By Matthew Hutson, published on February 26, 2007 - last reviewed on June 9, 2016
"Before my marriage I really identified with being a sexy young single girl running around New York," says psychotherapist Allison Moir-Smith. "I was terrified when my husband proposed, but it had nothing to do with him—I'd found the right man. My struggle was, 'How can I be me and also be a wife?' It was a slow process."
In fact, Moir-Smith and her husband found that they were both uneasy for much of their engagement, even though, as therapists, they thought they'd be able to handle it. And she discovered that they were not alone. Cold feet are a near-ubiquitous but downplayed part of engagement. It's the dirty secret that brides and grooms hate to talk about. But soon after her wedding, Moir-Smith focused her practice solely on brides-to-be and wrote the book Emotionally Engaged: A Bride's Guide to Surviving the "Happiest" Time of Her Life—clients came out of nowhere.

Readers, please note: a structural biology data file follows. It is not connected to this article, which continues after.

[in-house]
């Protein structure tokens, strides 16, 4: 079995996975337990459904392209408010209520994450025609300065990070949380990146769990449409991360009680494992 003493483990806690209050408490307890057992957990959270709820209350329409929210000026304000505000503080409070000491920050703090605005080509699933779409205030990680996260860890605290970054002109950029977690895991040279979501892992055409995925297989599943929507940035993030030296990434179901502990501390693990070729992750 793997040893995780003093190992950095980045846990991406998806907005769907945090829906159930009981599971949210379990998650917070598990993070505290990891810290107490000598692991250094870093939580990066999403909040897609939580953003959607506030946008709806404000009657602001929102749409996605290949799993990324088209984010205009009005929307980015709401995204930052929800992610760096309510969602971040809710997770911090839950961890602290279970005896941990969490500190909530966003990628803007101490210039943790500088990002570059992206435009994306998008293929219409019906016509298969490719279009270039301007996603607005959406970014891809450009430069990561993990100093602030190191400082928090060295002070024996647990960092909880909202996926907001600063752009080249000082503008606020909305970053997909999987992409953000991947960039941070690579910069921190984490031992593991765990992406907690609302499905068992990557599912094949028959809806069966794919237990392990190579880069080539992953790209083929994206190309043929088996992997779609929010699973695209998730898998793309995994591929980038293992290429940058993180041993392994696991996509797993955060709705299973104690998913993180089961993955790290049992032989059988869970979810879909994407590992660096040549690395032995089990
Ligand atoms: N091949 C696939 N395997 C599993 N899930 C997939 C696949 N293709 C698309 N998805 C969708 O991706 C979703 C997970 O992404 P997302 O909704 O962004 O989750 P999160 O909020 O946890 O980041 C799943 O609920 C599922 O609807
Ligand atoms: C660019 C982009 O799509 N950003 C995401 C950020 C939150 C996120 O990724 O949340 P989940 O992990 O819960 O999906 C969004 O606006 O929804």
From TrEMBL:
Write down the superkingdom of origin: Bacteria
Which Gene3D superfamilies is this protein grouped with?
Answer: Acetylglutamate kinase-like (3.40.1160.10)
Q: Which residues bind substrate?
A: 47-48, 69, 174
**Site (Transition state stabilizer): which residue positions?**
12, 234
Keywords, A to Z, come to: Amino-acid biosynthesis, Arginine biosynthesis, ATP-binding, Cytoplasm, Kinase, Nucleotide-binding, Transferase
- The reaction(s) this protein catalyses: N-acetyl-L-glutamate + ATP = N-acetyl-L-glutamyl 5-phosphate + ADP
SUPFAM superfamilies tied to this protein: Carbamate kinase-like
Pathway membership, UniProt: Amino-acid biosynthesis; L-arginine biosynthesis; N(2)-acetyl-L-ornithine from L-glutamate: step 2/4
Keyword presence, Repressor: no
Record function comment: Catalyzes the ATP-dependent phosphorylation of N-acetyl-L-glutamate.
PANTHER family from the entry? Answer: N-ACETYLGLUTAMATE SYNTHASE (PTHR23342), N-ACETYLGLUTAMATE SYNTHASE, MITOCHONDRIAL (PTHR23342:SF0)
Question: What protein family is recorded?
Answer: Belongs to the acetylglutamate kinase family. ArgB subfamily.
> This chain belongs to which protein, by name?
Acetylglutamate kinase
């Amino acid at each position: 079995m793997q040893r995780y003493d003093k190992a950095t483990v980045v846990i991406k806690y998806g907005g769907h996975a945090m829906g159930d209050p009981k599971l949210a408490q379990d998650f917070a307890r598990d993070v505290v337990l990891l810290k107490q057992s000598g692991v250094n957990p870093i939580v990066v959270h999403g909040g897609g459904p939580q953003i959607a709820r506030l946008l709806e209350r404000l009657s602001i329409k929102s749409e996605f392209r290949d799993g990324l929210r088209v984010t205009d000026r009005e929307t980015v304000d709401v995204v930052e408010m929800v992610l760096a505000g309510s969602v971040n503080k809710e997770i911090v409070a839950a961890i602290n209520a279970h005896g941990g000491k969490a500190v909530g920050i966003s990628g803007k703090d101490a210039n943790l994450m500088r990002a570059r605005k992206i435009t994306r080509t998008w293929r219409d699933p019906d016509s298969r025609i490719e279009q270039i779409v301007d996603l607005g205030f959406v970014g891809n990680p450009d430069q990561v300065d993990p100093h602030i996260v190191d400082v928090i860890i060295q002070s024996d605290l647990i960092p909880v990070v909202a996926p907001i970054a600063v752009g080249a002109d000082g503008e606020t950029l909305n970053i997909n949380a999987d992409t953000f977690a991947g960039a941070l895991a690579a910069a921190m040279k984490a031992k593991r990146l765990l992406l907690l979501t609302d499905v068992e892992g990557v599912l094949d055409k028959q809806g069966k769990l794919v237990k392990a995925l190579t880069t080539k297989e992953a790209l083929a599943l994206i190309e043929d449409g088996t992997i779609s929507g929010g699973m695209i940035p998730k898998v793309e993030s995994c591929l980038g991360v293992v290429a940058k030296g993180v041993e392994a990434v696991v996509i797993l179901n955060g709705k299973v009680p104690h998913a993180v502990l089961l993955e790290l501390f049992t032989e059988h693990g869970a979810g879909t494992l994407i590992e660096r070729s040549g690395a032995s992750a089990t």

What should be a time of bliss can also feel like a time of loss, and that's healthy. Only by grieving the end of single life can you fully embrace your new married life. "It's a long slow trudge through some pretty dark places," Moir-Smith says. Not everyone gets cold feet, but an identity shift will happen. If you don't allow it to happen before the wedding, it will catch up with you later. Here are a few ways to help you deal with your anxieties:
What if your future spouse isn't the right match? Or what if you're just not ready for marriage? Rachel Safier, author of There Goes the Bride, called off her wedding two weeks before the big day. Since then, she's talked to a lot of runaway brides and says that none regrets canceling her wedding. Their only regret is not stepping up sooner. "People know what they need, but finding the truth is not as hard as accepting it."
Don't be scared to head for the hills if it feels like the right thing to do. Embarrassment and wasted expenses—common excuses for ignoring frosty tootsies—are a small price to pay when avoiding a breakup down the road. But if you know you're on the right path, work through your anxieties and you can enjoy your day in the sun.